This is a tough question as I always feel sure I’ll exclude someone who was, of course, an influence. Someone I must always credit, however, is the east coast poet, Jayne Cortez. She came to my alma mater, Scripps College, for a semester, I believe, during my senior year and was a revelation. Here was a young, black, woman (very much alive; read: not a dead white male) who was not only writing and publishing poetry but breaking with tradition by eschewing punctuation and all the other conventions that I’d been taught about the craft. It was a transformative experience to hear her and read her work.
Other influences who come immediately to mind are Jane Hirshfield, Lucille Clifton, Pablo Neruda, and Toni Morrison – the latter not often thought of as a poet but should be.
And I’d be remiss if I didn’t mention as mentors two poets that I study with regularly because I have the fortune to live in southern California: Dorothy Barresi and David St. John. My workshops with them over the past several years have been invaluable in my creative development.
3.) How has your own work changed over time and why?
When I first began writing seriously, I went in fear of form. Too constricting, I told myself, when the truth was I didn’t think I was up to the task. Over the past few years, however, I’ve been experimenting with form, starting first with the glosa and now on to villanelles and pantoums and most recently, abecedarians. Because I’m still relatively new to this fixity, all I can say is that the writing requires a different kind of attention and willingness to follow rather than lead which feels right at this stage in my creative progress.
Nevertheless, I still go in fear of the sestina. One canzone I wrote reads like an overstuffed mushroom cloud…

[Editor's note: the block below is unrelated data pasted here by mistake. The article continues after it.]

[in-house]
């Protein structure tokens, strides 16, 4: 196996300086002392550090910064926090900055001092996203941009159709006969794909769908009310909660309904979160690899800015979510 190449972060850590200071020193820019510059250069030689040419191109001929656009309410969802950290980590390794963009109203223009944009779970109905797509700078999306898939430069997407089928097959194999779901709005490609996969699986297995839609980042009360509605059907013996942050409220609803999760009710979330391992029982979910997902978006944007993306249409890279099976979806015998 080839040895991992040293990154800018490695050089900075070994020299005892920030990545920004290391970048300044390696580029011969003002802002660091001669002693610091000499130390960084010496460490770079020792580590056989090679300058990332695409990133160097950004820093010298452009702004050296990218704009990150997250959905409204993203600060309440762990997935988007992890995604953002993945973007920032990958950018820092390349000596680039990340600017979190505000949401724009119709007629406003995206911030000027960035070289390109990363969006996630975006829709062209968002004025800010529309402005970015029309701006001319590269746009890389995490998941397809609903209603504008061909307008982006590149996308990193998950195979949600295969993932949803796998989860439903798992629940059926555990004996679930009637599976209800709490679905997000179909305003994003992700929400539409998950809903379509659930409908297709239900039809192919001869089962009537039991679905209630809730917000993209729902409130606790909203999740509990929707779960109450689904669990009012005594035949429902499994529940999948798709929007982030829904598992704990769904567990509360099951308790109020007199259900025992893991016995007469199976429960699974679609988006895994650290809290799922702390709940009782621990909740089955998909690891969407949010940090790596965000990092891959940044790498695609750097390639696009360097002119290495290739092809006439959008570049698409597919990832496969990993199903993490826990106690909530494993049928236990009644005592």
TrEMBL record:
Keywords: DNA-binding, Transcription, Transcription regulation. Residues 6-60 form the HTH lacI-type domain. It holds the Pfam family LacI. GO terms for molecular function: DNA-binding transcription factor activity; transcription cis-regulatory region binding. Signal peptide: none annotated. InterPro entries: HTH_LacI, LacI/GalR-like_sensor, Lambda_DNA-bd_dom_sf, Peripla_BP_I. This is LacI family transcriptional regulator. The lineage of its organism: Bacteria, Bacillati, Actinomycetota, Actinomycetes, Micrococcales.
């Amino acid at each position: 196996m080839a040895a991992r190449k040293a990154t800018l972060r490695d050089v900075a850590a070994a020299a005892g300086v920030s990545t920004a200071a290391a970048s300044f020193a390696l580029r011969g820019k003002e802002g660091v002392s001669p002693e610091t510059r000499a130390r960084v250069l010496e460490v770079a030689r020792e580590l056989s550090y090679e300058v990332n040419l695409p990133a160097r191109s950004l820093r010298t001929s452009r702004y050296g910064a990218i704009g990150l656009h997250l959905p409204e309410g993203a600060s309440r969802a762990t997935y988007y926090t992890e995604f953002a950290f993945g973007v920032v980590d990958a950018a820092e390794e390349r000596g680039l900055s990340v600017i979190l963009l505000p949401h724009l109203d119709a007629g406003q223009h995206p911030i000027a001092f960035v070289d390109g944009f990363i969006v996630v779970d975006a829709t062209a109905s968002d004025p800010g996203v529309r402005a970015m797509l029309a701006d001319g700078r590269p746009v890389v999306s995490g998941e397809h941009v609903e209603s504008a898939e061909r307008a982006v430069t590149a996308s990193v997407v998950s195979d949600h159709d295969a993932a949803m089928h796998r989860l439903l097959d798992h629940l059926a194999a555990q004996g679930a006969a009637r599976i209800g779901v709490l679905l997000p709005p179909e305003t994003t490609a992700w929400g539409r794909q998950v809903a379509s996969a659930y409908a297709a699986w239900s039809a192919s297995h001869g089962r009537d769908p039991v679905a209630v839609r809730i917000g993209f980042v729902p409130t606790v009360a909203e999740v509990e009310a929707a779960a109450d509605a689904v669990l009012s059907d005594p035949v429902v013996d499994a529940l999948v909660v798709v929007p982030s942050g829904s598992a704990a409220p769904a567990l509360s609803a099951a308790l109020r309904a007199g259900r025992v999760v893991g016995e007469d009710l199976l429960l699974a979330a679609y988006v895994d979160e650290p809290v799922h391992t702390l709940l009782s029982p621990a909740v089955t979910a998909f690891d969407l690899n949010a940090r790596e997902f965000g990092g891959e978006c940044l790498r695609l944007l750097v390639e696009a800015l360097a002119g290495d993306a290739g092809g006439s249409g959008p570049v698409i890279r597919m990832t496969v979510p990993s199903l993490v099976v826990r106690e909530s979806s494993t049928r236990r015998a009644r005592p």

4.) Have you been influenced by different genres, and if so how?
Not only different genres, which I’ll get to in a moment, but also different art forms, most obviously music. Although I play no instrument and can’t hold a tune, I have been very influenced by the music I heard growing up: jazz, rock-an’-roll and the American musical theater. These distinctive rhythms and cadences are cemented in my brain and are a feature, hopefully, in all of my work.
The visual arts have been an influence as well. In the fall of 2011, the Hammer Museum mounted an exhibit Now Dig This: Art & Black Los Angeles 1960-1980 and it is still gnawing on my imagination. One can’t see a mixed media assemblage like Betye Saar’s Spirit Catcher, for example, and not run for the pencil and pad.
Of course, prose—fiction or non-fiction—is also an influence. What’s coming to mind as I write this is Alice Walker’s not-to-be-forgotten The Color Purple and a really marvelous book of stories and essays, Haiti Noir. In the realm of non-fiction, I was knocked out by Isabel Wilkerson’s The Warmth of Other Suns, a superb example of engrossing truth-and-story-telling.
Finally, I love live theater and the way its structures work. For example, I’m captivated by the bang-for-the-buck Suzan-Lori Parks put into Topdog, Underdog: two characters, one small room–wow!—economy wrapped around big ideas made accessible through the personal….exactly what I’d like to achieve in my own writing.
5.) What are your plans for the future?
I have two concepts knocking around in my head that I want to explore, hopefully when I’m at the Vermont Studio Center later this year. One is for a stage play centered upon a question I held for years concerning my mother’s attitudes during World War II. Only recently, with a greater sense of empathy for her, I have developed a theory about it; unfortunately, it will always be a theory as I never discussed it with her before she passed away.